Macro Tides – “FOMC’s Forward Guidance”
The FOMC believes that Forward Guidance is an important policy tool and will use the January 26 meeting and Chair Powell’s press conference to accomplish a number of goals. The FOMC will signal that the FOMC will increase the federal funds rate at the March 16 meeting. Signaling doesn’t mean the FOMC statement or Chair Powell will explicitly state that the FOMC will raise the federal funds rate but the message will be clear. Chair Powell will discuss how the Omicron variant has depressed economic activity and represents a downside risk so the FOMC will be data dependent. This is why a ‘surprise’ hike at the January 26 meeting is unlikely.
Concern that the FOMC will increase the federal funds rate by 0.50% at the March meeting arose after Bill Ackman suggested the FOMC should in a series of Tweets. “While it has become conventional wisdom that the FOMC will raise rates 3 to 4 times this year to mitigate inflation, the market expects 25 bp increments. The unresolved elephant in the room is the loss of the Fed’s perceived credibility as an inflation fighter and whether 3 to 4 would therefore be enough. The FOMC could work to restore its credibility with an initial 50 bps surprise move to shock and awe the market, which will demonstrate its resolve on inflation. The FOMC is losing the inflation battle and is behind where it needs to be, with painful economic consequences for the most vulnerable. A 50 bp initial move would have the reflexive effect of reducing inflation expectations, which would moderate the need for more aggressive and economically painful steps in the future. Just a thought.”
In recent months I have discussed how the FOMC needed to move more aggressively to restore some level of credibility after being completely wrong about inflation in 2021. In the January 17 Weekly Technical Review I noted that financial markets were underestimating how the FOMC was likely to respond to the surge in inflation. “Powell described inflation as a ‘severe threat’ and most people when confronted by a severe threat don’t react moderately. The FOMC is likely to move more aggressively than the markets expect.” While it is certainly possible that the FOMC increases the funds rate by 0.50% at the March meeting, there are reasons why they won’t. The FOMC realizes that it misread inflation last year but a 0.50% increase in the funds rate would suggest the FOMC is panicking. That’s not a good look. Instead, FOMC governors and district presidents will use every speech to speak with one voice and say the FOMC will do whatever it takes to bring inflation down. Chair Powell has already said, “If we see inflation persisting at high levels longer than expected, then if we have to raise interest more over time, we will. We will use our tools to get inflation back.” The FOMC will use speeches to convince markets that the FOMC is serious as part of its forward guidance.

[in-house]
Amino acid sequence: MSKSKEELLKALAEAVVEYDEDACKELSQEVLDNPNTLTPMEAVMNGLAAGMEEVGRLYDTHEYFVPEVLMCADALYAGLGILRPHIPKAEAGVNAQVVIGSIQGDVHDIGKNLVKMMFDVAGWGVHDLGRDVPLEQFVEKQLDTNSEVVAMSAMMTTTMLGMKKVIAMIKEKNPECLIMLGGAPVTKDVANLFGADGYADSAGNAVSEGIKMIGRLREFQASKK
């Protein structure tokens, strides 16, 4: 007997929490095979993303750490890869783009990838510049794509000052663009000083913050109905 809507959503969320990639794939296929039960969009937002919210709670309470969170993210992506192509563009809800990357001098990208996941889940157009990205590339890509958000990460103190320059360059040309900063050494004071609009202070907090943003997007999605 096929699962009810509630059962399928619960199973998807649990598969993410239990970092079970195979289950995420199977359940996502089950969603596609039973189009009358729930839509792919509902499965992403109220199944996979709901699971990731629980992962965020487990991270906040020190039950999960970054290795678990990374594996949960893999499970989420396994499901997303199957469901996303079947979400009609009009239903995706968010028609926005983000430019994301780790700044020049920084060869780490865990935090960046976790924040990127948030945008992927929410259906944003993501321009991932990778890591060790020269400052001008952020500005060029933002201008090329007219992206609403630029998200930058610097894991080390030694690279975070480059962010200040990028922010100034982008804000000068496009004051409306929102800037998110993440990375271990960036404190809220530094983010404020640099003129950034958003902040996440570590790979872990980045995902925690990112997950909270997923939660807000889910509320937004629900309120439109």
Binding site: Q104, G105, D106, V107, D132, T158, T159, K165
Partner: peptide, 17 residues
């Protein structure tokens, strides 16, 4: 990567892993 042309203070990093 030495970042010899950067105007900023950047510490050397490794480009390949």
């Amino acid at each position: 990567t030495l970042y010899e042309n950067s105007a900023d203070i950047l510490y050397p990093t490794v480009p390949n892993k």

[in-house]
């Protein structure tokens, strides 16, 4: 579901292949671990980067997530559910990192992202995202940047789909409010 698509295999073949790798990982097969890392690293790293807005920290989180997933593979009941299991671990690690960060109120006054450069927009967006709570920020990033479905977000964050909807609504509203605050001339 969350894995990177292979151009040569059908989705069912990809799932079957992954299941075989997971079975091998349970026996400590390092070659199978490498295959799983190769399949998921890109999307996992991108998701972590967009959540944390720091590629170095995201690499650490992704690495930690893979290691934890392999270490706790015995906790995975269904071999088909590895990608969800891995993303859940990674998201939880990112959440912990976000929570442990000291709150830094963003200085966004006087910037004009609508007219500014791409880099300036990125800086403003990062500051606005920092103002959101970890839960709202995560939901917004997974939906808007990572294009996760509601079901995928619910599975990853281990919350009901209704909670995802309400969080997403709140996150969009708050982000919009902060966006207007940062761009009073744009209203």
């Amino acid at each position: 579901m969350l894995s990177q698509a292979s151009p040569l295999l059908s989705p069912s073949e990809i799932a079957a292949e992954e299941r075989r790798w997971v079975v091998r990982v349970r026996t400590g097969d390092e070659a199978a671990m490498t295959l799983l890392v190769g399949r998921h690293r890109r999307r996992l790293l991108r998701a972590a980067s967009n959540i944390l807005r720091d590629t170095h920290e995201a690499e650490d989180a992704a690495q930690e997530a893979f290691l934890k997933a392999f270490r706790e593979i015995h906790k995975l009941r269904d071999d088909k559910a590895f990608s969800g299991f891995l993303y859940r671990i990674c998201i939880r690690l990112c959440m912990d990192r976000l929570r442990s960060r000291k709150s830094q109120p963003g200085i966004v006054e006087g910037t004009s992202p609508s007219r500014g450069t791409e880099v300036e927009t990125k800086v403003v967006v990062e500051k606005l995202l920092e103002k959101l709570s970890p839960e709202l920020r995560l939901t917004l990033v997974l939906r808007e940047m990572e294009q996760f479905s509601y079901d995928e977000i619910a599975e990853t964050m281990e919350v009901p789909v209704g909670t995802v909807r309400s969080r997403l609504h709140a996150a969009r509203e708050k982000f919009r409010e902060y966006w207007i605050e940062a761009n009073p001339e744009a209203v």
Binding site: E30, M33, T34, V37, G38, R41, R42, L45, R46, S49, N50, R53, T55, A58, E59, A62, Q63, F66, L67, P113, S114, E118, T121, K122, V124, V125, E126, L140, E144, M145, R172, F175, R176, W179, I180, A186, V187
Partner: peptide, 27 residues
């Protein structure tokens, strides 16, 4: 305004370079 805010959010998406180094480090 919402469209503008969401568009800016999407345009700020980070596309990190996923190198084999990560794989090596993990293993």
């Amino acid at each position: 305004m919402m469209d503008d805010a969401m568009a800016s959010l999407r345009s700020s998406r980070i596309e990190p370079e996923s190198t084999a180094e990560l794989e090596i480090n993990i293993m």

One of the primary purposes of forward guidance is to avoid upsetting the financial markets. The notion that the FOMC would raise the funds rate by 0.50% to shock and awe the markets is counter to the point of forward guidance. As noted in the January 17 WTR, “By front loading rate increases by raising the funds rate in March, May, and June, the FOMC can lower the risk of staying behind the curve and ultimately being forced to raise rates too much in the second half of 2022 and first half of 2023 to play catch up.” The FOMC would then be able to use the March meeting to prepare markets for a second increase at the May meeting, and use the May meeting to set up the third increase at the June 15 meeting. Actions speak louder than words and moving at 3 consecutive meetings the FOMC will prove the FOMC’s resolve without having to shock markets.
The FOMC increased the taper from $15 billion a month to $30 billion at the December meeting which would end its monthly purchases by the end of March. There is a chance the FOMC could announce at the January 26 meeting that it is stopping its QE immediately. There would likely be a short lived knee jerk sell off in the stock market but it would quickly dawn on investors that ending QE immediately or in March is not that big of a deal. By ending QE immediately the FOMC would show through its actions that it is committed to bringing inflation down.
As discussed with Blake Morrow in December, The expectation was that the S&P 500 would rally above 4800 in January and then experience a decline of -10% to -15%. On Monday January 24 the S&P 500 was down -10.0% from its high, while the Russell 200 was off by -20%, and the Nasdaq 100 was -18.3% below its peak.
Is the bottom in?
Will there be a lower low?
What does the price pattern in the S&P 500 suggest?
This is from the January 10 WTR, “This suggests that the 10-year may dip in the near term and then push above 1.808% to establish that positive divergence. If the 10-year climbs to 1.908% while it’s recording a positive divergence, a short term high could occur and signal that a decline in the 10-year yield was likely. The red horizontal line on the 30-year chart is at 2.23% so the 30- year may test this level as the 10-year is nearing 1.908%.” The 10-year dipped from 1.808% to 1.706% before rising to 1.874%.
Have Treasury yields peaked, or will the 10-year push above 2.0%?
In December and in my weekly conversation with Blake Morrow, the Dollar was expected to drop below 95.51 before a rally would take hold. That’s exactly what transpired
Will the Dollar rally to a higher high?
Or is this rally just a bounce within the context of a larger decline?
Gold has been forecast to rally above $1815 and $1835. So far so good.
Can it rally to $1885 or even $1910?
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